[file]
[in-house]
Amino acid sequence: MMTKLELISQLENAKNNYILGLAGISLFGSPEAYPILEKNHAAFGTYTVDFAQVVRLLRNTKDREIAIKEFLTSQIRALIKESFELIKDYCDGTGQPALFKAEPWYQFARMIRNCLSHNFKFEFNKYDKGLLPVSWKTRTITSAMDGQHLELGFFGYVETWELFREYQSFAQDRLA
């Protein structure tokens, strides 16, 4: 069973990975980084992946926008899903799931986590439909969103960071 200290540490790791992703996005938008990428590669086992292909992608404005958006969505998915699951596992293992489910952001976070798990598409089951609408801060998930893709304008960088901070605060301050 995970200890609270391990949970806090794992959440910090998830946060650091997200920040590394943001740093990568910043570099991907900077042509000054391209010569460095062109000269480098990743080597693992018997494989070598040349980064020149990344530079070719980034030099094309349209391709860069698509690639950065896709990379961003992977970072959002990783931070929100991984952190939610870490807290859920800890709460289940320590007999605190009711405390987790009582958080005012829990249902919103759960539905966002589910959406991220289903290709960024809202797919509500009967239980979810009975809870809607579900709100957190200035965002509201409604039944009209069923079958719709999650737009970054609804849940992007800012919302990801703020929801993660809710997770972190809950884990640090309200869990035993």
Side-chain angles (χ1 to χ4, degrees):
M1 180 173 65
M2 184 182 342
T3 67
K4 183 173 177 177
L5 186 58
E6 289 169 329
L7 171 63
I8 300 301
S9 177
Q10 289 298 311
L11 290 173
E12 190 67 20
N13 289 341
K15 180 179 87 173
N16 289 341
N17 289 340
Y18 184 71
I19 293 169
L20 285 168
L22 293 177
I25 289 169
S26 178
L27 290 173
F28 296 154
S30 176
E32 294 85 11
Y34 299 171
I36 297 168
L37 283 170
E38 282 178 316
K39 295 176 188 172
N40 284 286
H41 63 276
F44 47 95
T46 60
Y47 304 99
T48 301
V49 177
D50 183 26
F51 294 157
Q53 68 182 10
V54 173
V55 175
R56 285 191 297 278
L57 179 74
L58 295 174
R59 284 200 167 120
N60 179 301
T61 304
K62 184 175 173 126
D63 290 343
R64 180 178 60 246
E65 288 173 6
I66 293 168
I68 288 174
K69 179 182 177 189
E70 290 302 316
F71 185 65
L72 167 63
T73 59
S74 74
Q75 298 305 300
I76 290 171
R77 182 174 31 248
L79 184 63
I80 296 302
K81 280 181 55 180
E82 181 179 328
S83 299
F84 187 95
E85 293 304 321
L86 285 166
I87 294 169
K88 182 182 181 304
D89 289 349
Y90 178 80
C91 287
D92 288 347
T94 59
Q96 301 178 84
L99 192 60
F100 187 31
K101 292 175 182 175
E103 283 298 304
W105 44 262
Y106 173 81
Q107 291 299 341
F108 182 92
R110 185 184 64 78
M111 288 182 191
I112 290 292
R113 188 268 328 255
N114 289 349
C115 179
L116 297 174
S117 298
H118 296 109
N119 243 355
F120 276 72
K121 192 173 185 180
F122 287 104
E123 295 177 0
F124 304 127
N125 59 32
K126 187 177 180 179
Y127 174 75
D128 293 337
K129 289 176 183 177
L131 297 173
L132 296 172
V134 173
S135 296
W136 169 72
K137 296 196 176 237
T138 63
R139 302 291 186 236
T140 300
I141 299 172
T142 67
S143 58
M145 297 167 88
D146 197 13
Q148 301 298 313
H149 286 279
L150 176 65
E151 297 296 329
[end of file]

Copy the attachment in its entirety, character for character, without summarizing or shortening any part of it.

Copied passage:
[in-house]
Amino acid sequence: MMTKLELISQLENAKNNYILGLAGISLFGSPEAYPILEKNHAAFGTYTVDFAQVVRLLRNTKDREIAIKEFLTSQIRALIKESFELIKDYCDGTGQPALFKAEPWYQFARMIRNCLSHNFKFEFNKYDKGLLPVSWKTRTITSAMDGQHLELGFFGYVETWELFREYQSFAQDRLA
């Protein structure tokens, strides 16, 4: 069973990975980084992946926008899903799931986590439909969103960071 200290540490790791992703996005938008990428590669086992292909992608404005958006969505998915699951596992293992489910952001976070798990598409089951609408801060998930893709304008960088901070605060301050 995970200890609270391990949970806090794992959440910090998830946060650091997200920040590394943001740093990568910043570099991907900077042509000054391209010569460095062109000269480098990743080597693992018997494989070598040349980064020149990344530079070719980034030099094309349209391709860069698509690639950065896709990379961003992977970072959002990783931070929100991984952190939610870490807290859920800890709460289940320590007999605190009711405390987790009582958080005012829990249902919103759960539905966002589910959406991220289903290709960024809202797919509500009967239980979810009975809870809607579900709100957190200035965002509201409604039944009209069923079958719709999650737009970054609804849940992007800012919302990801703020929801993660809710997770972190809950884990640090309200869990035993």
Side-chain angles (χ1 to χ4, degrees):
M1 180 173 65
M2 184 182 342
T3 67
K4 183 173 177 177
L5 186 58
E6 289 169 329
L7 171 63
I8 300 301
S9 177
Q10 289 298 311
L11 290 173
E12 190 67 20
N13 289 341
K15 180 179 87 173
N16 289 341
N17 289 340
Y18 184 71
I19 293 169
L20 285 168
L22 293 177
I25 289 169
S26 178
L27 290 173
F28 296 154
S30 176
E32 294 85 11
Y34 299 171
I36 297 168
L37 283 170
E38 282 178 316
K39 295 176 188 172
N40 284 286
H41 63 276
F44 47 95
T46 60
Y47 304 99
T48 301
V49 177
D50 183 26
F51 294 157
Q53 68 182 10
V54 173
V55 175
R56 285 191 297 278
L57 179 74
L58 295 174
R59 284 200 167 120
N60 179 301
T61 304
K62 184 175 173 126
D63 290 343
R64 180 178 60 246
E65 288 173 6
I66 293 168
I68 288 174
K69 179 182 177 189
E70 290 302 316
F71 185 65
L72 167 63
T73 59
S74 74
Q75 298 305 300
I76 290 171
R77 182 174 31 248
L79 184 63
I80 296 302
K81 280 181 55 180
E82 181 179 328
S83 299
F84 187 95
E85 293 304 321
L86 285 166
I87 294 169
K88 182 182 181 304
D89 289 349
Y90 178 80
C91 287
D92 288 347
T94 59
Q96 301 178 84
L99 192 60
F100 187 31
K101 292 175 182 175
E103 283 298 304
W105 44 262
Y106 173 81
Q107 291 299 341
F108 182 92
R110 185 184 64 78
M111 288 182 191
I112 290 292
R113 188 268 328 255
N114 289 349
C115 179
L116 297 174
S117 298
H118 296 109
N119 243 355
F120 276 72
K121 192 173 185 180
F122 287 104
E123 295 177 0
F124 304 127
N125 59 32
K126 187 177 180 179
Y127 174 75
D128 293 337
K129 289 176 183 177
L131 297 173
L132 296 172
V134 173
S135 296
W136 169 72
K137 296 196 176 237
T138 63
R139 302 291 186 236
T140 300
I141 299 172
T142 67
S143 58
M145 297 167 88
D146 197 13
Q148 301 298 313
H149 286 279
L150 176 65
E151 297 296 329